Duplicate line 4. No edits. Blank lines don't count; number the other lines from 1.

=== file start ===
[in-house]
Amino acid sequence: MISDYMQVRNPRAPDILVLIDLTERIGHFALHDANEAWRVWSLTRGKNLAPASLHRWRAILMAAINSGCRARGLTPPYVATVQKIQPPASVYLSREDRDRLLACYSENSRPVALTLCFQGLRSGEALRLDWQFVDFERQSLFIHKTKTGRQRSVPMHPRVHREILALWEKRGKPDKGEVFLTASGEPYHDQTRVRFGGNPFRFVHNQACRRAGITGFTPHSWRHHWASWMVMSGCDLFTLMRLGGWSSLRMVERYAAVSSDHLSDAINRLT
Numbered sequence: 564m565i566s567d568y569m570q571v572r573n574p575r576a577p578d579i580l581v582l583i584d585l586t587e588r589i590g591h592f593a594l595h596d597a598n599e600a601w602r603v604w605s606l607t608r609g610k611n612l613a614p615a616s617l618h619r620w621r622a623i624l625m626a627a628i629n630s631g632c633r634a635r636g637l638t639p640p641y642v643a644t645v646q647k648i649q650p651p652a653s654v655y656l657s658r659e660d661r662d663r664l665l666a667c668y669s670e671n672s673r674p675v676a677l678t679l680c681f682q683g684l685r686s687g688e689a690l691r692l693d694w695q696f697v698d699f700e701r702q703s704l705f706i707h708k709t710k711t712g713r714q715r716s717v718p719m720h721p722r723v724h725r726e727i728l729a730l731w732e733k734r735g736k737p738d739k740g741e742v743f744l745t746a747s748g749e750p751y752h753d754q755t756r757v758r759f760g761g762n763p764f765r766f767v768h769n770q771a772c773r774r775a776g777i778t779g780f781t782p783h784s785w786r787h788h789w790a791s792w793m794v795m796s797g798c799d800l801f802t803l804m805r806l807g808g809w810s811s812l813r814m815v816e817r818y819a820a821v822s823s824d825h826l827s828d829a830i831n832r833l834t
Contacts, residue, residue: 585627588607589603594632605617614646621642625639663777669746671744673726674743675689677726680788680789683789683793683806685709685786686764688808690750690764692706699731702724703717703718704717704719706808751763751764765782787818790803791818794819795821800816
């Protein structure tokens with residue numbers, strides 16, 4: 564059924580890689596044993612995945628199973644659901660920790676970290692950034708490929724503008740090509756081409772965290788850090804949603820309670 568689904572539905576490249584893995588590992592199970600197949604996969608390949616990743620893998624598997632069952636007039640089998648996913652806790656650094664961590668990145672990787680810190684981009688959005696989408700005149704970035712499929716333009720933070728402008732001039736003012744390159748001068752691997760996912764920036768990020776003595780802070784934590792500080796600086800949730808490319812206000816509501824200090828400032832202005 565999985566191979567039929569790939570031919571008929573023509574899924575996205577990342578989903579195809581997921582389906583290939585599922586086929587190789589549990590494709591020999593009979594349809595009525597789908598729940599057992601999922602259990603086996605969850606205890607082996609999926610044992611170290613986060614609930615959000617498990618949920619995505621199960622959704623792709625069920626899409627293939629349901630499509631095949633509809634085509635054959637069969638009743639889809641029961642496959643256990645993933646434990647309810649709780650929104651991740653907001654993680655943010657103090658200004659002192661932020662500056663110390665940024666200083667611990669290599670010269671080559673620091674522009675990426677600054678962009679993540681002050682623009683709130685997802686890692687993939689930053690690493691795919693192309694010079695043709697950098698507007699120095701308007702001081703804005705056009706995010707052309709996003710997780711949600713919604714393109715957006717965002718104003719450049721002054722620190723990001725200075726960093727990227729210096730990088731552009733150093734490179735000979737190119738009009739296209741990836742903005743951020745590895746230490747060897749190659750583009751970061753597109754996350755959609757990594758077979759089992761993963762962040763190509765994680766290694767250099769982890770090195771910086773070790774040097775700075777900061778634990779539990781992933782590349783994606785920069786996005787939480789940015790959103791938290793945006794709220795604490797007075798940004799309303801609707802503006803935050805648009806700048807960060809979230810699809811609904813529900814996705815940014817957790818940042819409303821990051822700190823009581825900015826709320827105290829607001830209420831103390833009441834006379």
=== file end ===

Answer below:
Contacts, residue, residue: 585627588607589603594632605617614646621642625639663777669746671744673726674743675689677726680788680789683789683793683806685709685786686764688808690750690764692706699731702724703717703718704717704719706808751763751764765782787818790803791818794819795821800816